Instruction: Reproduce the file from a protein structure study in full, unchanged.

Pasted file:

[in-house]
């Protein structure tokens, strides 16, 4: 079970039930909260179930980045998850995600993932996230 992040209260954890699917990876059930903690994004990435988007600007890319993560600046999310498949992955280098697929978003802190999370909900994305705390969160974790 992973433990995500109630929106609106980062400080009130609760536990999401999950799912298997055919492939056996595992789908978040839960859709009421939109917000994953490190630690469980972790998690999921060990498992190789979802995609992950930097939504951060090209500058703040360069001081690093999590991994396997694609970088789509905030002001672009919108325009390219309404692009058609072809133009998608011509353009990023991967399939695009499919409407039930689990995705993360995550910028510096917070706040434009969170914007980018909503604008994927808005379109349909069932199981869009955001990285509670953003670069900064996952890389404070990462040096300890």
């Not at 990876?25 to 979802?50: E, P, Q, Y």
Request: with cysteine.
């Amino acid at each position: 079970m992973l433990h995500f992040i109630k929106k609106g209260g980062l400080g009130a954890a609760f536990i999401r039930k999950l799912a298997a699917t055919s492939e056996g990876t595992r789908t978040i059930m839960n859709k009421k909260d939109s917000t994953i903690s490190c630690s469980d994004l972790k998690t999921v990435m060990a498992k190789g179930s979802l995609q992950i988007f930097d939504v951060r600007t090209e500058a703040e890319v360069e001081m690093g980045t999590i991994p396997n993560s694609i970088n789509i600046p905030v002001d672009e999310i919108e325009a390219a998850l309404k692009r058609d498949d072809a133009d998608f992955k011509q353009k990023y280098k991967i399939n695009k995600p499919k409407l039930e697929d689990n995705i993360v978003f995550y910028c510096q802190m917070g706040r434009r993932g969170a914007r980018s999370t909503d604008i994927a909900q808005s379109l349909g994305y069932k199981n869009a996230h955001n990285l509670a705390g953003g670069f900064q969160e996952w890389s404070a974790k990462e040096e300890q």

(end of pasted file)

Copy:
[in-house]
């Protein structure tokens, strides 16, 4: 079970039930909260179930980045998850995600993932996230 992040209260954890699917990876059930903690994004990435988007600007890319993560600046999310498949992955280098697929978003802190999370909900994305705390969160974790 992973433990995500109630929106609106980062400080009130609760536990999401999950799912298997055919492939056996595992789908978040839960859709009421939109917000994953490190630690469980972790998690999921060990498992190789979802995609992950930097939504951060090209500058703040360069001081690093999590991994396997694609970088789509905030002001672009919108325009390219309404692009058609072809133009998608011509353009990023991967399939695009499919409407039930689990995705993360995550910028510096917070706040434009969170914007980018909503604008994927808005379109349909069932199981869009955001990285509670953003670069900064996952890389404070990462040096300890």
């Not at 990876?25 to 979802?50: E, P, Q, Y």
Request: with cysteine.
């Amino acid at each position: 079970m992973l433990h995500f992040i109630k929106k609106g209260g980062l400080g009130a954890a609760f536990i999401r039930k999950l799912a298997a699917t055919s492939e056996g990876t595992r789908t978040i059930m839960n859709k009421k909260d939109s917000t994953i903690s490190c630690s469980d994004l972790k998690t999921v990435m060990a498992k190789g179930s979802l995609q992950i988007f930097d939504v951060r600007t090209e500058a703040e890319v360069e001081m690093g980045t999590i991994p396997n993560s694609i970088n789509i600046p905030v002001d672009e999310i919108e325009a390219a998850l309404k692009r058609d498949d072809a133009d998608f992955k011509q353009k990023y280098k991967i399939n695009k995600p499919k409407l039930e697929d689990n995705i993360v978003f995550y910028c510096q802190m917070g706040r434009r993932g969170a914007r980018s999370t909503d604008i994927a909900q808005s379109l349909g994305y069932k199981n869009a996230h955001n990285l509670a705390g953003g670069f900064q969160e996952w890389s404070a974790k990462e040096e300890q």